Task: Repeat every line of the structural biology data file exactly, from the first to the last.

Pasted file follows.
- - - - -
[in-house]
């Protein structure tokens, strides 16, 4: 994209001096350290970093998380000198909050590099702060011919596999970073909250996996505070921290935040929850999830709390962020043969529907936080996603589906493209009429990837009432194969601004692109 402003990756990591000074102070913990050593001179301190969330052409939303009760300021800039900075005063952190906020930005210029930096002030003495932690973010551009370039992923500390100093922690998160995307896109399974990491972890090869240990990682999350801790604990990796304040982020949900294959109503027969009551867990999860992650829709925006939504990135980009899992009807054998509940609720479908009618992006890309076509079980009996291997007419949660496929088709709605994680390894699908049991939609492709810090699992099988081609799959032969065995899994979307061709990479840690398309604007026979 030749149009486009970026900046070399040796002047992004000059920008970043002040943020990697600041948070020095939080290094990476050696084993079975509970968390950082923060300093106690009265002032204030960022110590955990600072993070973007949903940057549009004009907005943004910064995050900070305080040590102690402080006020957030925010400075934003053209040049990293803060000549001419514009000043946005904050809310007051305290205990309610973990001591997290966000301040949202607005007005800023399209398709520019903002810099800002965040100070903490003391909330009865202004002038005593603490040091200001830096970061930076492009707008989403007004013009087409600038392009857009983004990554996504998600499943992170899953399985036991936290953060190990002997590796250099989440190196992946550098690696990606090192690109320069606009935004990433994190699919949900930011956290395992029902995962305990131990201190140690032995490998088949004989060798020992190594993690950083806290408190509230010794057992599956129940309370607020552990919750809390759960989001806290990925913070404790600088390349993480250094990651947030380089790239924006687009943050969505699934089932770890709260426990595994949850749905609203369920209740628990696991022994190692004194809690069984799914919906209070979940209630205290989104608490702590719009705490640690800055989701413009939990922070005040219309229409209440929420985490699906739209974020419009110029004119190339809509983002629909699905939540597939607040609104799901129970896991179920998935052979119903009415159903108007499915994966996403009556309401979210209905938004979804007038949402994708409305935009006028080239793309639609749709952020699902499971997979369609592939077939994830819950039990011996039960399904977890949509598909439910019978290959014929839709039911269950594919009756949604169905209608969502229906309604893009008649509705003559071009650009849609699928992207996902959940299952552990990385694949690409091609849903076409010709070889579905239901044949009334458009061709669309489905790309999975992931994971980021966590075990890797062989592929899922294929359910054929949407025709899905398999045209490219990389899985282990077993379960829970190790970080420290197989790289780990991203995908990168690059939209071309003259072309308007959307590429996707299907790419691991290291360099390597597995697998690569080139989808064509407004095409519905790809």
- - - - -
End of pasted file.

[in-house]
């Protein structure tokens, strides 16, 4: 994209001096350290970093998380000198909050590099702060011919596999970073909250996996505070921290935040929850999830709390962020043969529907936080996603589906493209009429990837009432194969601004692109 402003990756990591000074102070913990050593001179301190969330052409939303009760300021800039900075005063952190906020930005210029930096002030003495932690973010551009370039992923500390100093922690998160995307896109399974990491972890090869240990990682999350801790604990990796304040982020949900294959109503027969009551867990999860992650829709925006939504990135980009899992009807054998509940609720479908009618992006890309076509079980009996291997007419949660496929088709709605994680390894699908049991939609492709810090699992099988081609799959032969065995899994979307061709990479840690398309604007026979 030749149009486009970026900046070399040796002047992004000059920008970043002040943020990697600041948070020095939080290094990476050696084993079975509970968390950082923060300093106690009265002032204030960022110590955990600072993070973007949903940057549009004009907005943004910064995050900070305080040590102690402080006020957030925010400075934003053209040049990293803060000549001419514009000043946005904050809310007051305290205990309610973990001591997290966000301040949202607005007005800023399209398709520019903002810099800002965040100070903490003391909330009865202004002038005593603490040091200001830096970061930076492009707008989403007004013009087409600038392009857009983004990554996504998600499943992170899953399985036991936290953060190990002997590796250099989440190196992946550098690696990606090192690109320069606009935004990433994190699919949900930011956290395992029902995962305990131990201190140690032995490998088949004989060798020992190594993690950083806290408190509230010794057992599956129940309370607020552990919750809390759960989001806290990925913070404790600088390349993480250094990651947030380089790239924006687009943050969505699934089932770890709260426990595994949850749905609203369920209740628990696991022994190692004194809690069984799914919906209070979940209630205290989104608490702590719009705490640690800055989701413009939990922070005040219309229409209440929420985490699906739209974020419009110029004119190339809509983002629909699905939540597939607040609104799901129970896991179920998935052979119903009415159903108007499915994966996403009556309401979210209905938004979804007038949402994708409305935009006028080239793309639609749709952020699902499971997979369609592939077939994830819950039990011996039960399904977890949509598909439910019978290959014929839709039911269950594919009756949604169905209608969502229906309604893009008649509705003559071009650009849609699928992207996902959940299952552990990385694949690409091609849903076409010709070889579905239901044949009334458009061709669309489905790309999975992931994971980021966590075990890797062989592929899922294929359910054929949407025709899905398999045209490219990389899985282990077993379960829970190790970080420290197989790289780990991203995908990168690059939209071309003259072309308007959307590429996707299907790419691991290291360099390597597995697998690569080139989808064509407004095409519905790809």